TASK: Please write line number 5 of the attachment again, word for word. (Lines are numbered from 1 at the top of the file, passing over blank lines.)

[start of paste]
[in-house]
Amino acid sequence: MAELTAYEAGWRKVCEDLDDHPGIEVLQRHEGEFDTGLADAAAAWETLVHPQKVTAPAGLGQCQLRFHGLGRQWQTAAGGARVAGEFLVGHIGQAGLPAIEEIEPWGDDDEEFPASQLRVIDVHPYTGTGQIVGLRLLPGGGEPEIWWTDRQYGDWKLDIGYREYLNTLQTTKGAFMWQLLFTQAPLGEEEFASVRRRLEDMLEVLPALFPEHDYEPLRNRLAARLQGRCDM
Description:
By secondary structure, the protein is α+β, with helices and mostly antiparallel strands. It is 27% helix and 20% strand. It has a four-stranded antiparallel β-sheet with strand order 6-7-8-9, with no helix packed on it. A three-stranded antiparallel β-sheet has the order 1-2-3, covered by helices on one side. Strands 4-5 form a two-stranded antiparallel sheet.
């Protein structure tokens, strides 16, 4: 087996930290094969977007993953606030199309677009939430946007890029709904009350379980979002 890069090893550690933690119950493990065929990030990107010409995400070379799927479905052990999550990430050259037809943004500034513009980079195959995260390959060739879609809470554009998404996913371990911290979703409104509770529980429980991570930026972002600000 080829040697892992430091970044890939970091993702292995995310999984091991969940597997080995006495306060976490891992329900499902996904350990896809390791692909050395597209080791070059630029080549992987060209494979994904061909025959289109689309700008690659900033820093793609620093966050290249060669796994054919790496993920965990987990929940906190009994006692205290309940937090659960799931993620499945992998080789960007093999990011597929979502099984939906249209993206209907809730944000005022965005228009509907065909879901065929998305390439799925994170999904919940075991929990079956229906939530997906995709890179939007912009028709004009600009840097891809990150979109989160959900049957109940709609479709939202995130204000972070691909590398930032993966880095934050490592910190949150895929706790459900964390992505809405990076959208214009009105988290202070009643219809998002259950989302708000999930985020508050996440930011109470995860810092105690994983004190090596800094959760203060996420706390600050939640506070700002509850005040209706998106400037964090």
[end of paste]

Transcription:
């Protein structure tokens, strides 16, 4: 087996930290094969977007993953606030199309677009939430946007890029709904009350379980979002 890069090893550690933690119950493990065929990030990107010409995400070379799927479905052990999550990430050259037809943004500034513009980079195959995260390959060739879609809470554009998404996913371990911290979703409104509770529980429980991570930026972002600000 080829040697892992430091970044890939970091993702292995995310999984091991969940597997080995006495306060976490891992329900499902996904350990896809390791692909050395597209080791070059630029080549992987060209494979994904061909025959289109689309700008690659900033820093793609620093966050290249060669796994054919790496993920965990987990929940906190009994006692205290309940937090659960799931993620499945992998080789960007093999990011597929979502099984939906249209993206209907809730944000005022965005228009509907065909879901065929998305390439799925994170999904919940075991929990079956229906939530997906995709890179939007912009028709004009600009840097891809990150979109989160959900049957109940709609479709939202995130204000972070691909590398930032993966880095934050490592910190949150895929706790459900964390992505809405990076959208214009009105988290202070009643219809998002259950989302708000999930985020508050996440930011109470995860810092105690994983004190090596800094959760203060996420706390600050939640506070700002509850005040209706998106400037964090």